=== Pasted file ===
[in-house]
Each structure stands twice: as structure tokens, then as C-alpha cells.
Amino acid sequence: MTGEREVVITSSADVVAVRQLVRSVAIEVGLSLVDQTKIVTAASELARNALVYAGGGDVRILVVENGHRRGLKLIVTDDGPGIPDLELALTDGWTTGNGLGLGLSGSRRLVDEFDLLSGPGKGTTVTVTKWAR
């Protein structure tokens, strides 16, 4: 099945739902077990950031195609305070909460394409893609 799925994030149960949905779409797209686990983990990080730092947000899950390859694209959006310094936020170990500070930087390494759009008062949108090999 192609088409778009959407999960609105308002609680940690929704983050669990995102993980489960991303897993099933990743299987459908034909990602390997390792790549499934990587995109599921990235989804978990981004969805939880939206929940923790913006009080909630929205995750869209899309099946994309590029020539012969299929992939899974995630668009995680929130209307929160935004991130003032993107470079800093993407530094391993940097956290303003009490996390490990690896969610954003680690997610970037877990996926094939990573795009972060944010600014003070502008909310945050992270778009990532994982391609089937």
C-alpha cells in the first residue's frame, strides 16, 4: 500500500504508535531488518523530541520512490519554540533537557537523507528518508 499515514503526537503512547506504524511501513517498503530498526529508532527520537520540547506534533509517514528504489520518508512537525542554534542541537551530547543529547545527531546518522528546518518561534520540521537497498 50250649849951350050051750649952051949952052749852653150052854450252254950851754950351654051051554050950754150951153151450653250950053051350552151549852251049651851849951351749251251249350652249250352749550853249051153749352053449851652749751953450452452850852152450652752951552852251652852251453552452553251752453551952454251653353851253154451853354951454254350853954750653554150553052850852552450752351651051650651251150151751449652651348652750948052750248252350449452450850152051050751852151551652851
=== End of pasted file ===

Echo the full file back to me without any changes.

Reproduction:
[in-house]
Each structure stands twice: as structure tokens, then as C-alpha cells.
Amino acid sequence: MTGEREVVITSSADVVAVRQLVRSVAIEVGLSLVDQTKIVTAASELARNALVYAGGGDVRILVVENGHRRGLKLIVTDDGPGIPDLELALTDGWTTGNGLGLGLSGSRRLVDEFDLLSGPGKGTTVTVTKWAR
């Protein structure tokens, strides 16, 4: 099945739902077990950031195609305070909460394409893609 799925994030149960949905779409797209686990983990990080730092947000899950390859694209959006310094936020170990500070930087390494759009008062949108090999 192609088409778009959407999960609105308002609680940690929704983050669990995102993980489960991303897993099933990743299987459908034909990602390997390792790549499934990587995109599921990235989804978990981004969805939880939206929940923790913006009080909630929205995750869209899309099946994309590029020539012969299929992939899974995630668009995680929130209307929160935004991130003032993107470079800093993407530094391993940097956290303003009490996390490990690896969610954003680690997610970037877990996926094939990573795009972060944010600014003070502008909310945050992270778009990532994982391609089937």
C-alpha cells in the first residue's frame, strides 16, 4: 500500500504508535531488518523530541520512490519554540533537557537523507528518508 499515514503526537503512547506504524511501513517498503530498526529508532527520537520540547506534533509517514528504489520518508512537525542554534542541537551530547543529547545527531546518522528546518518561534520540521537497498 50250649849951350050051750649952051949952052749852653150052854450252254950851754950351654051051554050950754150951153151450653250950053051350552151549852251049651851849951351749251251249350652249250352749550853249051153749352053449851652749751953450452452850852152450652752951552852251652852251453552452553251752453551952454251653353851253154451853354951454254350853954750653554150553052850852552450752351651051650651251150151751449652651348652750948052750248252350449452450850152051050751852151551652851